44

What is a normal hematocrit value?

45%

45

When does frictional loss occur?

occurs when flow energy is converted to heat as one object rubs against another.

46

What is an example of frictional loss?

blood sliding across vessels walls which creates heat

47

What relates to the tendency of a fluid to resist changes in its velocity?

inertia

48

What events cause loss of inertia?

pulsatile flow
phasic flow
velocity changes at a stenosis

49

When does velocity increases?

when a vessel narrows
max. velocity exits where the vessel is narrowest

50

Where does velocity decrease?

velocity decreases as blood flow out of the stenosis into a vessel segment of normal diameter

51

What is the narrowing in the lumen of a vessel?

stenosis

52

What are the effects of a stenosis?

change in flow direction
increased velocity as vessel narrows
turbulence downstream from the stenosis
pressure gradient across the stenosis
loss of pulsatility

53

What is the stenosis flow converted to?

conversion of pulsatile flow patterns to steady flow

54

What is turbulence downstream from the stenosis called?

post stenotic turbulence

55

Where is the pressure in a stenosis lower?

pressure downstream from the stenosis is lower than the pressure upstream

56

Why does the post-stenotic pressure decrease?

results from the loss of energy as blood moves through the stenosis

57

What is Bernoulli Principle?

describes the relationship between velocity and pressure in a moving fluid
this principle also states that with a steady flow, the sum of all forms of energy is the same everywhere (so kinetic and pressure energy remains constant)

58

What is the formula for pressure gradient?

=flow x resistance

59

When does pressure gradient increases?

flow increases
resistance increases

60

When does flow increase?

pressure gradient increases
resistance decreases

61

What is Ohms law?

voltage= current x resistance

62

What are the units for resistance in a electrical system>

ohms

63

in the circulatory system, what is the name for resistance vessels?

arterioles

64

What is hydrostatic pressure?

pressure related to the weight of blood pressing on a vessel measured at a height about or below heart level

65

What are the units for hydrostatic pressure?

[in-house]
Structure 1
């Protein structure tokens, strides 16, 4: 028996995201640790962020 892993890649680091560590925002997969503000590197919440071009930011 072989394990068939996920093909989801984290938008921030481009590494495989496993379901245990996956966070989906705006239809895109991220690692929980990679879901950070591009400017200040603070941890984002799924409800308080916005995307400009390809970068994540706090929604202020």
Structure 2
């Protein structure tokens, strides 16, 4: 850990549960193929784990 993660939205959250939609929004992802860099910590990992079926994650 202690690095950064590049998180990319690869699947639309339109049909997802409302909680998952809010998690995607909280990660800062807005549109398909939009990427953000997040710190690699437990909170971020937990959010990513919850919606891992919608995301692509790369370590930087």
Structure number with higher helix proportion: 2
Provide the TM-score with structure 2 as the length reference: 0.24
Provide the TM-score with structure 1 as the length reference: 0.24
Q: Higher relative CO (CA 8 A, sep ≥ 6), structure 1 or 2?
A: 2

mmHg, or units used to measure blood pressure

66

When supine, what is the hydrostatic pressure?

zero

67

What is the formula for measured pressure for a standing patient?

measured pressure= circulatory pressure + hydrostatic pressure

68

In a standing patient, what is the hydrostatic pressure at the ankle?

100 mmHg

69

in a standing patient, what is the hydrostatic pressure at the knee?

75 mmHg

70

in a standing patient, what is the hydrostatic pressure at the waist?

50 mmHg

71

in a standing patient, what is the hydrostatic pressure at the mid chest?

zero

72

in a standing patient, what is the hydrostatic pressure at the top of head?

-30 mmHg

73

What parts of the body increase during inspiration?

head, arms and vena cava increase during inspiration

74

What parts of the body decrease during inspiration?

flow in the legs

75

What parts of the body decrease during expiration?

head, arms and vena cava all decrease during expiration

76

What parts of the body increase during expiration?

legs

77

What are the breathing and venous flow for inspiration?

diaphragm moves downward toward the abdomen
thoracic pressure decreases
abdominal pressure increases
venous return to the heart increases
venous flow in the legs decreases

78

What are the breathing and venous flow for expiration?

diaphragm moves upward into thorax
thoracic pressure increases
abdominal pressure decreases
venous return to the heart decreases
venous low to the legs increases

79

What is the relationship between venous return to the heart and venous flow of the legs?

inversely

80

what is the relationship between venous flow in the legs with the movement of the diaphragm?

directly